The coastal city of El Jadida was one of the first settlements of Portuguese explorers on their way to India. This UNESCO World Heritage site is a rich blend of European and Moroccan cultures, as demonstrated in the architecture. You can still see the clear footprint that Portuguese settlers left behind in the beautiful fortress of Mazagan. Its towering walls stop right at the sea, and provide pristine views of the Atlantic. If you’re brave enough, walk down to the ancient cistern below the fortress, built with beautiful gothic-style arches.
By Menachem PosnerMarch 14, 2019
When Rabbi Levi and Chana Banon decided to move to Casablanca, Morocco, in 2008, they were hardly the first shluchim (emissaries) to do so. Chabad has had an active presence in the North African kingdom since 1950, when the local Jewish population numbered 350,000 strong.
Yet by the time they arrived nearly 60 years later, the Jewish communities in dozens of cities and towns had gone; Moroccan Jewry was a shadow of its former self. Today, the majority of the country’s Jews, estimated to about 3,000, are concentrated in Casablanca, a bustling metropolis of 3.4 million. Despite its reduced size, the Moroccan Jewish community remains fully functional, active and vibrant.
By Ahlam Ben Saga - Ahlam Ben Saga is a Cultural Studies graduate from university Mohammed V of Literature and Humanities in Rabat. Mar 13, 2019 Rabat
Al Akhawayn Space for Children with Autism, a Moroccan association based in Rabat, is holding a campaign starting March 31 to spread awareness about autism in the country.
The campaign will last for multiple days and include several awareness programs and sports activities, such as small marathons, for children with autism and their families.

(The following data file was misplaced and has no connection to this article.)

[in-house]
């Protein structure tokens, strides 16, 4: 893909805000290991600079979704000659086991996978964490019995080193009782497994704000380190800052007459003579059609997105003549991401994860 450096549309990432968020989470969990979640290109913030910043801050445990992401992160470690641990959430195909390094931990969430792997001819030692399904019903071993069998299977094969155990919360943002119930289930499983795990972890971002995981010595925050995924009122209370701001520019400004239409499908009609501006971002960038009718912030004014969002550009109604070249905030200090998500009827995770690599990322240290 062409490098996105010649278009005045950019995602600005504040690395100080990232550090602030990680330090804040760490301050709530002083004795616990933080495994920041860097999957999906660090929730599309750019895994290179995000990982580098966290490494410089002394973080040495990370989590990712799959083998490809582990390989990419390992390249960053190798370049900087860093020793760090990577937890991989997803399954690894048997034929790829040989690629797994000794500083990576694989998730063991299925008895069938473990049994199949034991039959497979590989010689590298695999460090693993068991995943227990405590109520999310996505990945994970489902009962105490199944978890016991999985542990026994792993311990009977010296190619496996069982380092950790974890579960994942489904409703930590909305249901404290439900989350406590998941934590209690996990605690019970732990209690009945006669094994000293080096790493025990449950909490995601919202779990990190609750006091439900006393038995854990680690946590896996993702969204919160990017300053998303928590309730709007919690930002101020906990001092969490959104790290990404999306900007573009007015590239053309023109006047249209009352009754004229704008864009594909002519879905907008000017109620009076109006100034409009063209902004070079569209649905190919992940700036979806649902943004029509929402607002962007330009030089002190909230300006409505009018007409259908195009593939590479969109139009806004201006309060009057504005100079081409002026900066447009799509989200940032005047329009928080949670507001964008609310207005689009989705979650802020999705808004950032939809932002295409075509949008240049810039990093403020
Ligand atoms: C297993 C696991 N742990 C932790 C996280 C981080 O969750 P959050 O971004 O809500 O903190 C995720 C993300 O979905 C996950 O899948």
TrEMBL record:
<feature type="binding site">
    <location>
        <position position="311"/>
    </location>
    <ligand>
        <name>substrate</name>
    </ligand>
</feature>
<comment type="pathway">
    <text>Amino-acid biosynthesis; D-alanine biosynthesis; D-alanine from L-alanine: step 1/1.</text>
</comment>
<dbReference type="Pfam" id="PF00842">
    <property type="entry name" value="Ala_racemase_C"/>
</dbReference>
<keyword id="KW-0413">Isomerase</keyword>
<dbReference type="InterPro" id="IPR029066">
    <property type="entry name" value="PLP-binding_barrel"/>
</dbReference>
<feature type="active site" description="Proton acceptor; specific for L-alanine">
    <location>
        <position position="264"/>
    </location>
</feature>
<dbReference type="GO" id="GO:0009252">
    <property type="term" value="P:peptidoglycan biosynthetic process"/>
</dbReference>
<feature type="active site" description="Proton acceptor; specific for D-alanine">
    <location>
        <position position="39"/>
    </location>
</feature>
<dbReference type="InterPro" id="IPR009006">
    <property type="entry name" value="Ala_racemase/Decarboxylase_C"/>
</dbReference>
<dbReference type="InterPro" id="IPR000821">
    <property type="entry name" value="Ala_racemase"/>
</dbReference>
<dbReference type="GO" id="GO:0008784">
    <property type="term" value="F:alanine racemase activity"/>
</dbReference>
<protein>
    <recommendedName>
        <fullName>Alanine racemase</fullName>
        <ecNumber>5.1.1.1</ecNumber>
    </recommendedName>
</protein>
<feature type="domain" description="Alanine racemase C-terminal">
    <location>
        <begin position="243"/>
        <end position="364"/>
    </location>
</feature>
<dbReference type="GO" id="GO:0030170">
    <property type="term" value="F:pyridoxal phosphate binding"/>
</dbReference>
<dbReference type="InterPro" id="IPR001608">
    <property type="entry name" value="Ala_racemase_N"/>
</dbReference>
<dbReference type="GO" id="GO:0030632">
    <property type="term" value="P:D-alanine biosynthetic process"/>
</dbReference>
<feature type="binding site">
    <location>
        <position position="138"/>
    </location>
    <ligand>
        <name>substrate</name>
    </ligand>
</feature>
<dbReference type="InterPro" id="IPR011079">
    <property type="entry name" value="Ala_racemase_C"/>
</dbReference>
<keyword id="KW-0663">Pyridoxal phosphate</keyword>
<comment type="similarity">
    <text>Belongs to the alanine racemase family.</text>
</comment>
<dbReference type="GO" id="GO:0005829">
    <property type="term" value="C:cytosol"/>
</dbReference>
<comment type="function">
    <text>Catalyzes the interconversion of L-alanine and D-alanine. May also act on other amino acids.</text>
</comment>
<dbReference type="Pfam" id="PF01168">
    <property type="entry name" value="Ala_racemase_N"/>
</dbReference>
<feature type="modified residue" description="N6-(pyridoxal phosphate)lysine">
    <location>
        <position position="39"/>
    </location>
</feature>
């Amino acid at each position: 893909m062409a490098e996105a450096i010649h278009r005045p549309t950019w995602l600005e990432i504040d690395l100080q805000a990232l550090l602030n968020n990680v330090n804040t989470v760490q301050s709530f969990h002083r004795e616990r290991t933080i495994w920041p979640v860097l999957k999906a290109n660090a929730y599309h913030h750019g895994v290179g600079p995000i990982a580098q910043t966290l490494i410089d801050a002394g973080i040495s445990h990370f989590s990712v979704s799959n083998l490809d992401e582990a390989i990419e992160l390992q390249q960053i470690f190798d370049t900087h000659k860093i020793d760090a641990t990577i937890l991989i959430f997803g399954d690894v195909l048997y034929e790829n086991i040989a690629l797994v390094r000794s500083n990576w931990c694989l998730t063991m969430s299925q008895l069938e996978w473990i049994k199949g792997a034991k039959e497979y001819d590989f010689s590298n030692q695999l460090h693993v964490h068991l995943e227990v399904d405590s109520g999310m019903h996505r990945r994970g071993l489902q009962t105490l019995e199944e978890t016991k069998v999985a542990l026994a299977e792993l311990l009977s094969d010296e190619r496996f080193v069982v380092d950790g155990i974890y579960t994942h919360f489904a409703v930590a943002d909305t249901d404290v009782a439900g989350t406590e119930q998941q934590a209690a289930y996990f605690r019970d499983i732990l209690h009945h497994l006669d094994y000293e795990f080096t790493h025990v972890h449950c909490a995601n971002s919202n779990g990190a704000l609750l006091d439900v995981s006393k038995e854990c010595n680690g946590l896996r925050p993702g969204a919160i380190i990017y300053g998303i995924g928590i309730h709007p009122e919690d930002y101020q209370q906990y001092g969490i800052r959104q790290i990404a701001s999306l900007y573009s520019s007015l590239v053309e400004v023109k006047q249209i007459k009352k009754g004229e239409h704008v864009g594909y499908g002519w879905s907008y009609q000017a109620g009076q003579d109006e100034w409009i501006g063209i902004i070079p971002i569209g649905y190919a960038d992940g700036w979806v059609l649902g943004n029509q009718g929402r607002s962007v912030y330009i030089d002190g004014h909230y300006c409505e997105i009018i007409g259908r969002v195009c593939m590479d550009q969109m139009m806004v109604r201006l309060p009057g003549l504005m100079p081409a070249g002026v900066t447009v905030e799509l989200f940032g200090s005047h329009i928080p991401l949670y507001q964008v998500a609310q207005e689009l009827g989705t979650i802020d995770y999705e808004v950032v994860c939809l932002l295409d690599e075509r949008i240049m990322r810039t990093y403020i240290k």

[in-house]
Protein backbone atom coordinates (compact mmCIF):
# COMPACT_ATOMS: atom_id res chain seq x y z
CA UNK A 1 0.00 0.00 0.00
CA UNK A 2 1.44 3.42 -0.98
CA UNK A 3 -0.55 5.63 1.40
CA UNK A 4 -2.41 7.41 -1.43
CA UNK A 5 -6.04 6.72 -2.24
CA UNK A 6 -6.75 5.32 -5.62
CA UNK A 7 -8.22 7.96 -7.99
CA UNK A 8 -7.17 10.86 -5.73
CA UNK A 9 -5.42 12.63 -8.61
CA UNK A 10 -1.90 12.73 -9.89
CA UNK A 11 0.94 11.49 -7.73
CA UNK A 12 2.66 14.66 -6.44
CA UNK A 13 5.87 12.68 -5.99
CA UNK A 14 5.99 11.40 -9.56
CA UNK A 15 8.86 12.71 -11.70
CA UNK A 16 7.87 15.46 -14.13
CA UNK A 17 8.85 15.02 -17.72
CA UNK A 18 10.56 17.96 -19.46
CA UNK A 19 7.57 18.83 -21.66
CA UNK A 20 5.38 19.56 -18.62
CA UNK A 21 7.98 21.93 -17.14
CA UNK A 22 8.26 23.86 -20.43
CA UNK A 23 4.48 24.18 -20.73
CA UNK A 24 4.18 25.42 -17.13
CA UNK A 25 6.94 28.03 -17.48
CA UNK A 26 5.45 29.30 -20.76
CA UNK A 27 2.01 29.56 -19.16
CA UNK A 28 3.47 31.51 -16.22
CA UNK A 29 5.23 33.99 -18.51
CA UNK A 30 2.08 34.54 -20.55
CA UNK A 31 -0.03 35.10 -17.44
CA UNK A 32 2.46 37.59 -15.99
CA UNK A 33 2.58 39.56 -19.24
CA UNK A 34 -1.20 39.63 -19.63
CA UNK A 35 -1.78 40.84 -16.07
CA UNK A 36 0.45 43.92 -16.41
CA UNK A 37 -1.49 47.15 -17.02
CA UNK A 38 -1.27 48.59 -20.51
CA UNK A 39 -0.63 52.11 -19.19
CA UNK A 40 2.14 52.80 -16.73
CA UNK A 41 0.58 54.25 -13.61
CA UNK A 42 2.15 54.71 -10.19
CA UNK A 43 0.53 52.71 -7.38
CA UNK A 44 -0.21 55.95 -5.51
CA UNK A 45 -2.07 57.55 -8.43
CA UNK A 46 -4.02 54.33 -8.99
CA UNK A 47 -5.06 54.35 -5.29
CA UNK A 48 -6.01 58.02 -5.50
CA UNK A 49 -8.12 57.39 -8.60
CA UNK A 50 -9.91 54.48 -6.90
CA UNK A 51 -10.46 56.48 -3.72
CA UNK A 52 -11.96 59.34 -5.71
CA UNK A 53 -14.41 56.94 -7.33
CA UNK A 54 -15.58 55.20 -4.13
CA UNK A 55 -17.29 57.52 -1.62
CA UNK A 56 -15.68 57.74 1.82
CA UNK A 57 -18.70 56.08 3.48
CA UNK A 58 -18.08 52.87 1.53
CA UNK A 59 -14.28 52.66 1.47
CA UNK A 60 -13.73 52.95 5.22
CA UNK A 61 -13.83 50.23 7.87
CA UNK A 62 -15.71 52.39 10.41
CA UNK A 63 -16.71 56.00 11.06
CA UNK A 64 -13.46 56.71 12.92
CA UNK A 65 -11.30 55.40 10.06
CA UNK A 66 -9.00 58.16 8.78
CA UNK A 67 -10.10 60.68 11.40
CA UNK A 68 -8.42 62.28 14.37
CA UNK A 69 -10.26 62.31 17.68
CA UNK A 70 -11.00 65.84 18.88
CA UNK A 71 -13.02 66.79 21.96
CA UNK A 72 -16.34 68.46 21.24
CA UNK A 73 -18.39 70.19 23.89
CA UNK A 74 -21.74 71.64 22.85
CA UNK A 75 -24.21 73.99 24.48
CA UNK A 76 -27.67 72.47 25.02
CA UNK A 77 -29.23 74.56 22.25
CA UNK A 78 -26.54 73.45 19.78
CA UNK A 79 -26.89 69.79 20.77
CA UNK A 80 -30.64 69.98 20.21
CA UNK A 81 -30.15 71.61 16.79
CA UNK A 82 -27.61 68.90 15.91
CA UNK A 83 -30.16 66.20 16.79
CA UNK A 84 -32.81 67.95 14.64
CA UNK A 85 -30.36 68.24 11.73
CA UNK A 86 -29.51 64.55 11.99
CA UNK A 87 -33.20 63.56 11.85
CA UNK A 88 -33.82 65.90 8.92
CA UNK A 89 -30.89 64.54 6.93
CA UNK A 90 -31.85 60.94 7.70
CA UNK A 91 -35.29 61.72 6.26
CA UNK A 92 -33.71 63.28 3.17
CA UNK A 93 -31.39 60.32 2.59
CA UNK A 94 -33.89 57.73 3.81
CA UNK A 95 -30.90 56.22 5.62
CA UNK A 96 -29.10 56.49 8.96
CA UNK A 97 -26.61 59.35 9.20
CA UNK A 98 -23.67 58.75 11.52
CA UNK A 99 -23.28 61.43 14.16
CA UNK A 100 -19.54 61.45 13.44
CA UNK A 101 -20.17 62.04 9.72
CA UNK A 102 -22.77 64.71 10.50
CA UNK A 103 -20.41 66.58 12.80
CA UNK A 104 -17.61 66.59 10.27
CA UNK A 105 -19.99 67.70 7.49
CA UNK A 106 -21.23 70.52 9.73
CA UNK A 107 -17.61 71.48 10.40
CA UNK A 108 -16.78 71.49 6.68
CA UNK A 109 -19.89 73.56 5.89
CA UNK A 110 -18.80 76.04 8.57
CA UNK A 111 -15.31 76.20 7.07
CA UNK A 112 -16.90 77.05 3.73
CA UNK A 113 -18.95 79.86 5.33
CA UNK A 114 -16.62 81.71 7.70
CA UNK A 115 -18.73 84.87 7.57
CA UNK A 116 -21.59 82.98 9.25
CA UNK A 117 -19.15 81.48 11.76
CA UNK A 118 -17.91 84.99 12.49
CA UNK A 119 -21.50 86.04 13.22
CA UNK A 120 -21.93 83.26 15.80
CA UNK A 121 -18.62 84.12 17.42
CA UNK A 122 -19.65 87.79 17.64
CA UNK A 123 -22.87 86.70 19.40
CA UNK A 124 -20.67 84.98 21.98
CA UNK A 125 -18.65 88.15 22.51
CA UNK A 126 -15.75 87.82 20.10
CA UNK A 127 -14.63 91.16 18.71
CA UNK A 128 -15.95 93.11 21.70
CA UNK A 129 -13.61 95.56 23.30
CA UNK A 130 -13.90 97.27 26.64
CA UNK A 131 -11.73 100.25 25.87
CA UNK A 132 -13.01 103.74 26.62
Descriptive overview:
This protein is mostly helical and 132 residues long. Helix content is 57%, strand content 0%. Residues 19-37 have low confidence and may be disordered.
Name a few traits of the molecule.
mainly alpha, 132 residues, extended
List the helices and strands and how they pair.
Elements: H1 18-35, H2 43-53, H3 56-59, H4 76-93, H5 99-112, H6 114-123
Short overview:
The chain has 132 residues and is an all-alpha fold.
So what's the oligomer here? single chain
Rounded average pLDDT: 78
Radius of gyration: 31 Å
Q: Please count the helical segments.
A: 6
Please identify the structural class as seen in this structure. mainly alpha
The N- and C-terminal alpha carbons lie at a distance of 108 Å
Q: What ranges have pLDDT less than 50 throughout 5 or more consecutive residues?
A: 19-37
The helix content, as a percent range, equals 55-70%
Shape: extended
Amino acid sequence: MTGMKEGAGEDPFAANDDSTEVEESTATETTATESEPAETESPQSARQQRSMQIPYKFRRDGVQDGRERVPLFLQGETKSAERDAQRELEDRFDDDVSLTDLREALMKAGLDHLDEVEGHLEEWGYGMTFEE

Al Akhawayn hopes it will help parents connect with their children and learn more about what they can do to help them overcome their challenges.
Morocco saw an increase in industrial manufacturing production in 2018.
Moroccan industrial manufacturing production, with the exception of oil refining, increased by 3.6 percent in 2018, according to the latest production index by the Moroccan High Commission for Planning Commission (HCP).
Compared to 2017 in the same period, industrial manufacturing output was booming in the fourth quarter of 2018.
Mohamed Sajid succeeded in passing a bill that will impose structure on the handicraft sector in Morocco.
By Sydney McCourt -Sydney McCourt is Politics of Media and Representation major at the University of William and Mary, currently studying media, political science, and Arabic in Rabat. Mar 14, 2019 Rabat
The minister of tourism, air transport, handicrafts, and social economy, Mohamed Sajid, has finally convinced Morocco’s governing council to pass a bill to regulate handicrafts in Morocco.
The handicraft industry employs almost 2.3 million people in Morocco, making up 20 percent of the labor force. The trade contributes 7 percent of Morocco’s GDP. The craft sector has long existed without a modern legal framework. Sajid and other politicians attribute the sector’s disorganization and perceived loss in quality to the lack of such a framework.
For us, Women’s Day is about roll-up-the-sleeves, slow but steady efforts 365 days a year, not a one-off occasion for a concocted activity.
By Stephanie Willman Bordat and Saida Kouzzi, Rabat
Happy Pancake Day! It is time to check out a couple of online videos for some recipes. Oh wait, no, that was this past Tuesday, March 5. Today is International Women’s Day.
It never fails. Every year around mid to late February, the calls and the e-mails start. “What are you doing for Women’s Day?” Sigh, bang head on table, repeat. As an NGO working for over 19 years to promote women’s rights in Morocco, Women’s Day is about roll-up-the-sleeves, slow but steady efforts 365 days a year, not a one-off occasion for a concocted activity.
The first Women’s Day was organized—not celebrated—in 1909, and emerged from the labor rights movement, with women mobilizing for a host of political and economic rights related to voting and the right to be elected to public office, as well as worker’s rights and employment discrimination issues.
Rabbah launched a geospatial application and opened the museum after its facilities were renovated.